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Welcome to Q.Lab.

We promised in our How to Build a Problem Solving Machine post to share some more details about how our customers work with us in our Q. Lab to solve complex business problems using design-thinking. Central to this idea is the belief that, for the approach to work properly, a multi-disciplinary team must be encouraged to embrace ambiguity and supported to work together using a series of associated design processes and activities that foster successful problem solving.

This post describes what that approach looks like for customers who come to a Q. Lab.

A structured problem solving process.

Embracing design thinking to solve problems requires a well-structured process that can be replicated consistently and scaled, regardless of the size of an organisation. At Qrious, we think of our problem solving process as a journey with three stages: Uncertainty, Convergence and Focus.

Each of these stages has associated design processes, activities and needs that support successful problem-solving and which ultimately deliver significant usable value to an organisation.

When they’re at one of our Q.Lab workshops, our clients work with our design team through each of these stages as follows:


During the uncertainty stage, the team will be unclear about what the problem is they’re working to solve. Even if there is certainty about what the problem is, people will likely have different ways of explaining it and various ideas about potential solutions. The role of design during this stage is to enable the team to:

  • Understand the problem it’s trying to solve from inside and outside the organisation. In Q.Lab, we work with clients to create stories and narratives that bring a problem to life and make it easier to communicate. We might also visualise and map any business systems and processes that impact a problem as these will likely need to be re-engineered when designing a solution.
  • Discover user needs and context and spot trends by observing and talking to users of a service or product to fully understand - usually in a series of interviews and workshops.
  • Synthesise their shared understanding of a problem by creating personas, customer journey maps and system architecture maps that simplify complexity to enable effective collaboration later in the design process.

During the uncertainty stage, the team must be acutely aware of, and prepared to mitigate against, the kinds of risk that are common when trying to solve complex problems using design thinking.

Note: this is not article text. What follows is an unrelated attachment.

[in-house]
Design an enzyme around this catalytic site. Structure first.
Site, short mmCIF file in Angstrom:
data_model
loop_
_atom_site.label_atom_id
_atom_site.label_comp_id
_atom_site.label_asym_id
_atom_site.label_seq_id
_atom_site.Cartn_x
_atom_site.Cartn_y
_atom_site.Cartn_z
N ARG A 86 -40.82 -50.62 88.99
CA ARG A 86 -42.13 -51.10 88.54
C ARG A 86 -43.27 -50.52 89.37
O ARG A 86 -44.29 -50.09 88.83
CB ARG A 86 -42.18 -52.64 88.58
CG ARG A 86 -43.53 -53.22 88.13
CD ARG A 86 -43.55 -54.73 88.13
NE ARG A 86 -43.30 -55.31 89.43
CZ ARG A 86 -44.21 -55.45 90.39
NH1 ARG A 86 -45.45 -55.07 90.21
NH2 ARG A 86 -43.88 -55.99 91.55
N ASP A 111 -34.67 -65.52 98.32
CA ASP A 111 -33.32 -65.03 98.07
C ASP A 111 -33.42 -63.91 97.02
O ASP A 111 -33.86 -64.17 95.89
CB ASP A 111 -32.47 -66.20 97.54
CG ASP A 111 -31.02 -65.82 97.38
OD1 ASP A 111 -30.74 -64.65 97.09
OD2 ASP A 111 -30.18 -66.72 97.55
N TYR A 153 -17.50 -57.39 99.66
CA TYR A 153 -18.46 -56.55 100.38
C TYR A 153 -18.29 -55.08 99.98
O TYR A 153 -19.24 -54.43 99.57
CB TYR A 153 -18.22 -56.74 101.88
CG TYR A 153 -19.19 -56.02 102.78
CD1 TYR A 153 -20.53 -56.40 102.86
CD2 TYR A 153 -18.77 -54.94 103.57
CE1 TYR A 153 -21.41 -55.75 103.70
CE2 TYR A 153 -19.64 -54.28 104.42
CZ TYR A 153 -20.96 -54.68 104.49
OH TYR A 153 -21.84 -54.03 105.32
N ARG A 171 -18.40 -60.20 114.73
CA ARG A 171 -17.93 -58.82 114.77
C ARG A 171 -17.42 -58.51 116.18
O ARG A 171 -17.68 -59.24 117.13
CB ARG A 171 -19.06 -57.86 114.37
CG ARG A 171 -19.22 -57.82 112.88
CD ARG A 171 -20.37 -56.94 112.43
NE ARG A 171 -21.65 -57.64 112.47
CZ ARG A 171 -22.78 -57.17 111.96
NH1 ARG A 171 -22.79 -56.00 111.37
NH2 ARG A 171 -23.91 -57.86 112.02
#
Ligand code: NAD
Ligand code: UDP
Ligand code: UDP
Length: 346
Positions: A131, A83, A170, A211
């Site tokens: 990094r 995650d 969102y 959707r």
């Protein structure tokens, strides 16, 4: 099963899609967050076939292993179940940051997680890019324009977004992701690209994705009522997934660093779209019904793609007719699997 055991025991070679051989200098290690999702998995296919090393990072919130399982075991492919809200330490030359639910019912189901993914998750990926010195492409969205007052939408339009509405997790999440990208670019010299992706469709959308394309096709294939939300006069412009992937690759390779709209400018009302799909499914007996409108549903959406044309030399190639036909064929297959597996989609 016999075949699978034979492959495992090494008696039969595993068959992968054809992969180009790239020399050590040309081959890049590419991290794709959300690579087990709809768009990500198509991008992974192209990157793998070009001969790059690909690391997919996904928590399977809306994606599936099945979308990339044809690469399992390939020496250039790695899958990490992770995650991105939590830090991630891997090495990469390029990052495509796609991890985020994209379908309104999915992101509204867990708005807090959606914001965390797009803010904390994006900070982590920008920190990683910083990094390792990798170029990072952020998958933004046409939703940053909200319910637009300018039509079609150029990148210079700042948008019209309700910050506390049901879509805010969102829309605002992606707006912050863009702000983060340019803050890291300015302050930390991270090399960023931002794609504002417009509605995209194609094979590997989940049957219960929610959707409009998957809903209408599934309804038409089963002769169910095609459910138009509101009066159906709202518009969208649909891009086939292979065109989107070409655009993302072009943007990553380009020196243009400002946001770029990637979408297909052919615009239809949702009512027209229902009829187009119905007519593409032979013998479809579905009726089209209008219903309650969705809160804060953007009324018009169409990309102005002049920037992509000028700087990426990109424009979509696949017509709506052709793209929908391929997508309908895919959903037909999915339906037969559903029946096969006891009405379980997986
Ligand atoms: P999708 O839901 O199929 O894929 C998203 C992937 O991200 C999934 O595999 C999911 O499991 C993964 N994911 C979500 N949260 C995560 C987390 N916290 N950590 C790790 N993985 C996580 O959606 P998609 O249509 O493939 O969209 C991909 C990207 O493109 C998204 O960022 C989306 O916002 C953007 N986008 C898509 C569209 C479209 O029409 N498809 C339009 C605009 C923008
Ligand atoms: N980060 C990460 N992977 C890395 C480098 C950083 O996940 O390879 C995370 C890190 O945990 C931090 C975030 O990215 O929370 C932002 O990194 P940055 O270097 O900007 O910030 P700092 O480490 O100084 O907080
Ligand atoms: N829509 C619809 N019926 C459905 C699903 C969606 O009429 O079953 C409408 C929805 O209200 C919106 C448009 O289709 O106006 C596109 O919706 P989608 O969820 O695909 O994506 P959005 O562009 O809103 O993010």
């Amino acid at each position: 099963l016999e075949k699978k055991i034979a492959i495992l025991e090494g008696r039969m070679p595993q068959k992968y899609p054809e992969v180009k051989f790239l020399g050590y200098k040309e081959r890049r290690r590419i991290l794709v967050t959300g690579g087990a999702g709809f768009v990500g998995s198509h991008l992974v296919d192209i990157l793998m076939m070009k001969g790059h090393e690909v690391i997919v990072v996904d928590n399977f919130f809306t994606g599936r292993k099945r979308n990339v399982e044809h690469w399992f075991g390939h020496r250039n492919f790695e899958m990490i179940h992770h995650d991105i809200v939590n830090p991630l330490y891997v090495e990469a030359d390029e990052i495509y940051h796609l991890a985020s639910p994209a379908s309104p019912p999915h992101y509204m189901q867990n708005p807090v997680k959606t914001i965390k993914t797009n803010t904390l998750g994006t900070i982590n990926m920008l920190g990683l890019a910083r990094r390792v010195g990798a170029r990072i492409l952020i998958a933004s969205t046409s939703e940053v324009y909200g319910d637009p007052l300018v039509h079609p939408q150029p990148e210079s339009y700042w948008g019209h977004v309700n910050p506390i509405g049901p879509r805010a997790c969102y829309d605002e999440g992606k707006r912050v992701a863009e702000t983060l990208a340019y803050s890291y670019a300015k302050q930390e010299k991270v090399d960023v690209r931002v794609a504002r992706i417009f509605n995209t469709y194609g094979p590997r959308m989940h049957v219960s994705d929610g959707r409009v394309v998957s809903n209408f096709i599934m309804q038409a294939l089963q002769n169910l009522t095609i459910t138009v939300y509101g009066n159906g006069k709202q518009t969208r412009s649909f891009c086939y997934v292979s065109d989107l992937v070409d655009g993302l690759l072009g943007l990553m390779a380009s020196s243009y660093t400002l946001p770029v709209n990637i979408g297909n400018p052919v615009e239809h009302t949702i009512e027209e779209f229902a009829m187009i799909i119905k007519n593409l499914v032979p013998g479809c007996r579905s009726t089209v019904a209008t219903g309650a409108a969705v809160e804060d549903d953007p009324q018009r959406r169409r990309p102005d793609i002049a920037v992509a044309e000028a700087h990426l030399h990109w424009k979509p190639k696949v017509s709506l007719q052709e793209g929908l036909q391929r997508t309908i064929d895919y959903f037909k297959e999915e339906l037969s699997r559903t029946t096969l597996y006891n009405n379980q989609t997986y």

These might include:

  • Uncertainty in the process and outcome.
  • Lack of understanding the value of design and belief in design as an effective methodology to deliver a solution.
  • A lack of belief in the insights gained.
  • Changes in motivation and requirements not being acknowledged.
  • A lack of willingness to learn from the process.

To overcome these risks and ensure the team makes progress, it will need the right combination of people, activities and tools necessary to create empathy and understanding to build trust and to maintain confidence.


During the convergence stage, the team will begin to come together. The problem will be well defined and clearly understood, and the team will know how to explain it consistently to people across the organisation. The team will also begin to converge around potential solutions to the problem.

The role of design during this stage is to enable the team to:

  • Develop their ideas (for solutions) by conceptualising and visualising ideas in ways that support conversations that need to happen within a multi-disciplinary team responsible for designing the solution.
  • Iteratw the problem statement and create user stories and prototypes to provide a proof of concept to support a business case for further investment and development.

Similar to the uncertainty stage, here the team must be aware of and be ready to mitigate against common risks that might occur as it develops its ideas for a solution. These might include:

  • Becoming too solution orientated and losing focus on the problem.
  • Individuals or even the whole team not being willing to let go of an idea.

To overcome these risks and ensure the team makes progress, it must be open and transparent. There should be no hidden agendas, and healthy debate should be encouraged to resolve conflict.


During the focus stage, the team begins to lay the foundations for the implementation of the solution. However, this is unlikely to mean the team immediately starts to turn prototypes into working services and products.

The primary goal at this stage is to build on the problem statement by creating:

  • A strategy framework that describes how the service or product will meet user needs and in doing so, support the objectives of the organisation.
  • A roadmap explaining how a digital product might be developed over time.
  • A service blueprint that sets out the relationships between service components (i.e. people, processes, and systems etc.) and customer touchpoints.

Again, there are risks during this stage which the team needs to consider and manage.

These might include:

  • The identified solution is undeliverable, given the current situation and context.
  • The team might fail to buy into the solution.

Progress beyond this stage will ultimately need buy in from the team and the organisation. Keen to get involved in Q. Lab? Lets talk.